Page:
Equity Asset Valuation Workbook
Equity Asset Valuation Workbook
After completing this chapter, you will be able to do the following:
distinguish among realized holding period return, expected holding period return, required return, return from convergence of price to intrinsic value, discount rate, and internal rate of return;
calculate and interpret an equity risk premium using historical and forward-looking estimation approaches;
estimate the required return on an equity investment using the capital asset pricing model, the Fama-French model, the Pastor-Stambaugh model, macroeconomic multifactor models, and the build-up method (e.g., bond yield plus risk premium);
explain beta estimation for public companies, thinly traded public companies, and nonpublic companies;
describe strengths and weaknesses of methods used to estimate the required return on an equity investment;
explain international considerations in required return estimation;
explain and calculate the weighted average cost of capital for a company;
evaluate the appropriateness of using a particular rate of return as a discount rate, given a description of the cash flow to be discounted and other relevant facts. SUMMARY OVERVIEW
In this reading we introduced several important return concepts. Required returns are important because they are used as discount rates in determining the present value of expected future cash flows. When an investor's intrinsic value estimate for an asset differs from its market price, the investor generally expects to earn the required return plus a return from the convergence of price to value. When an asset's intrinsic value equals price, however, the investor only expects to earn the required return.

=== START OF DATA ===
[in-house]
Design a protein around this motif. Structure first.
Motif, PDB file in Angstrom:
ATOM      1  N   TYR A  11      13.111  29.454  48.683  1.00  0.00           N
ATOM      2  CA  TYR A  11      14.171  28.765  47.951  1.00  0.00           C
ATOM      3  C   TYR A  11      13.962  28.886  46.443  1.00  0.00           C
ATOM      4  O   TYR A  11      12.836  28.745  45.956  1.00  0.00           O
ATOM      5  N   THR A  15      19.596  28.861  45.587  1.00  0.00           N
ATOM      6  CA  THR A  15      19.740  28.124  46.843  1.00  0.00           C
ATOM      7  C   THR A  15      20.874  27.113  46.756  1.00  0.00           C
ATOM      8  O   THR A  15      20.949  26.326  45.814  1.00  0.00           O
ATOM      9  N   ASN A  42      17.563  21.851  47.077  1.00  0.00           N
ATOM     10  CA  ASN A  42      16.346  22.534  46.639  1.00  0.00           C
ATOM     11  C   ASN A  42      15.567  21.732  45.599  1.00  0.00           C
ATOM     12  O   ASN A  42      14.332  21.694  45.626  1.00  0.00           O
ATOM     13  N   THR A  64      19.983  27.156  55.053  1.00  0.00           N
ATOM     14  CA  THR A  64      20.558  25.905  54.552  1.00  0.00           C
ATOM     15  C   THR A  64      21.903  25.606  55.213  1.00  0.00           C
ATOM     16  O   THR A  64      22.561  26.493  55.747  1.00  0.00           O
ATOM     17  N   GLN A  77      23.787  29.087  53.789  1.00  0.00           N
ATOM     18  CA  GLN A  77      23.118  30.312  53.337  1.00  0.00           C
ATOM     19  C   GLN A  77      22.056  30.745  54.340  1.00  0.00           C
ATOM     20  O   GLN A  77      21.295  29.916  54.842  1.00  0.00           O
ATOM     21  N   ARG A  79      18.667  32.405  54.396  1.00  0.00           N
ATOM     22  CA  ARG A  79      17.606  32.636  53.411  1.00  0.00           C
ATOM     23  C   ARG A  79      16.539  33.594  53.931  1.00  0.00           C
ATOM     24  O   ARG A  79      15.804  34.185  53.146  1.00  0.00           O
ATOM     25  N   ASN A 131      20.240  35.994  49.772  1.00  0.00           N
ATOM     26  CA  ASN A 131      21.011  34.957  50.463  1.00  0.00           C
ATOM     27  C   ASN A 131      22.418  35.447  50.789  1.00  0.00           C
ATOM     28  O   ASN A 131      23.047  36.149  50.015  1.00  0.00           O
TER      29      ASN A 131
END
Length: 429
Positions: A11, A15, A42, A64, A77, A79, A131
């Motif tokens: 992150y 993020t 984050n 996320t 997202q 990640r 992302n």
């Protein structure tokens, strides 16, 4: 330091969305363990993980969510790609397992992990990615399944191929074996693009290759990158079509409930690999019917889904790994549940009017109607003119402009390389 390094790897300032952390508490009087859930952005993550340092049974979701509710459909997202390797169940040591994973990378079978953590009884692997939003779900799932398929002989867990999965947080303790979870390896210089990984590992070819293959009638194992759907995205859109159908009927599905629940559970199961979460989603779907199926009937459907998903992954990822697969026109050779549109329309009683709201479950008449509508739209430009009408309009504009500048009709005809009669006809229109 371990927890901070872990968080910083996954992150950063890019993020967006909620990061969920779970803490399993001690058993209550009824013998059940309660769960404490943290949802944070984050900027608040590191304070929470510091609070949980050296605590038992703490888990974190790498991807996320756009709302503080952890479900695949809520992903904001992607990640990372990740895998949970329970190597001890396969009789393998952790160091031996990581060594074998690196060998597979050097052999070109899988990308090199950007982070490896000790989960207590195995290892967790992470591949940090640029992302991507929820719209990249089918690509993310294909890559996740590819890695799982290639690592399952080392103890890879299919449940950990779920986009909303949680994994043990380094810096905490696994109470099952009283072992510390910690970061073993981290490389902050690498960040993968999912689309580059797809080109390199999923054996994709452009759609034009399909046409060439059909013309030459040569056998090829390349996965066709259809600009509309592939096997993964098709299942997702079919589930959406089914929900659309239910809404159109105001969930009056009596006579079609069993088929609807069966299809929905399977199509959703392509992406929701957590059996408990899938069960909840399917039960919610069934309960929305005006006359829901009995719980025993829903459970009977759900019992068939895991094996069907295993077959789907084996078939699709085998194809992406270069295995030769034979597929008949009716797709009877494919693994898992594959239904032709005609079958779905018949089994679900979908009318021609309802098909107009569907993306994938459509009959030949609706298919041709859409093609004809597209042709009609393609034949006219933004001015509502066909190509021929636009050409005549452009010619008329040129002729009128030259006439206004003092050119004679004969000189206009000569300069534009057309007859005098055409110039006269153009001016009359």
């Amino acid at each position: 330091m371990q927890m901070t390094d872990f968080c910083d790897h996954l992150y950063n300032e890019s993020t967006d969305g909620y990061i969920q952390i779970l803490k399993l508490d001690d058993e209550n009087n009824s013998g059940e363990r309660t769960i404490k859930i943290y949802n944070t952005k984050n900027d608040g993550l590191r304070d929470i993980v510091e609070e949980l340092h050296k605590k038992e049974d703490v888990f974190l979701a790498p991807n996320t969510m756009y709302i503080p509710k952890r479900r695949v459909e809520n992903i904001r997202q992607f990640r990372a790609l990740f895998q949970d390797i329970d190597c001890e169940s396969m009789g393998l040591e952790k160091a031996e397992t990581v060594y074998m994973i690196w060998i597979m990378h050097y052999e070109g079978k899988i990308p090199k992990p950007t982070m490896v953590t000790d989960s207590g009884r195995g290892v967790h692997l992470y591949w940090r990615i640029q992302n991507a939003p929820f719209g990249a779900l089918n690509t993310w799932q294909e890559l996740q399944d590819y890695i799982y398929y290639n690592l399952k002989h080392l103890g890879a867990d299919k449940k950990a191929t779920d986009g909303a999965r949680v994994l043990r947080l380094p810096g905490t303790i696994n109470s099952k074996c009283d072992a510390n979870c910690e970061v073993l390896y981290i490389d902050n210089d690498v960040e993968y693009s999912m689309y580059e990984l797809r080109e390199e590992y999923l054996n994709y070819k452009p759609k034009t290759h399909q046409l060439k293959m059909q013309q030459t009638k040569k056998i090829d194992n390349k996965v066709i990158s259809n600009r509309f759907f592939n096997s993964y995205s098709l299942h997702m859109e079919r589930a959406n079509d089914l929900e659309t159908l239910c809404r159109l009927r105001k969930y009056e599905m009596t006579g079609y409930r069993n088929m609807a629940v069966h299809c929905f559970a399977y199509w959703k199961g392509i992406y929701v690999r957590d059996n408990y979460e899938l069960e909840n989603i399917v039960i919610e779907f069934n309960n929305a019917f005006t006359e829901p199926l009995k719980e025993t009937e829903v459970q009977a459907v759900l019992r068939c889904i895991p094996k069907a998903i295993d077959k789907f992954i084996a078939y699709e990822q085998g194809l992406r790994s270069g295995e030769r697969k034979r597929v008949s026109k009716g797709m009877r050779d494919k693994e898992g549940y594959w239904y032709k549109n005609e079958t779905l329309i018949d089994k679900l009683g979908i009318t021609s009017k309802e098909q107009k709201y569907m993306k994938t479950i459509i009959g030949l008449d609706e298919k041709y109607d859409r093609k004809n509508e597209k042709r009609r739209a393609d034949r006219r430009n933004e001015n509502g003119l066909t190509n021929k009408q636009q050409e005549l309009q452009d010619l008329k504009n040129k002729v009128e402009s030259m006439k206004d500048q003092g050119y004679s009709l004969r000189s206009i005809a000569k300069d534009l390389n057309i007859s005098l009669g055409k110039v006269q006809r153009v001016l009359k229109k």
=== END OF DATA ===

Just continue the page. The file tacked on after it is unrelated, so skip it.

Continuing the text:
For two important approaches to estimating a company's required return, the CAPM and the build-up model, the analyst needs an estimate of the equity risk premium. This reading examined realized equity risk premia for a group of major world equity markets and also explained forward-looking estimation methods. For determining the required return on equity, the analyst may choose from the CAPM and various multifactor models such as the Fama-French model and its extensions, examining regression fit statistics to assess the reliability of these methods. For private companies, the analyst can adapt public equity valuation models for required return using public company comparables, or use a build-up model, which starts with the risk-free rate and the estimated equity risk premium and adds additional appropriate risk premia.
When the analyst approaches the valuation of equity indirectly, by first valuing the total firm as the present value of expected future cash flows to all sources of capital, the appropriate discount rate is a weighted average cost of capital based on all sources of capital. Discount rates must be on a nominal (real) basis if cash flows are on a nominal (real) basis.
Among the reading's major points are the following:
The return from investing in an asset over a specified time period is called the holding period return . Realized return refers to a return achieved in the past, and expected return refers to an anticipated return over a future time period. A required return is the minimum level of expected return that an investor requires to invest in the asset over a specified time period, given the asset's riskiness. The ( market ) required return , a required rate of return on an asset that is inferred using market prices or returns, is typically used as the discount rate in finding the present values of expected future cash flows. If an asset is perceived (is not perceived) as fairly priced in the marketplace, the required return should (should not) equal the investor's expected return. When an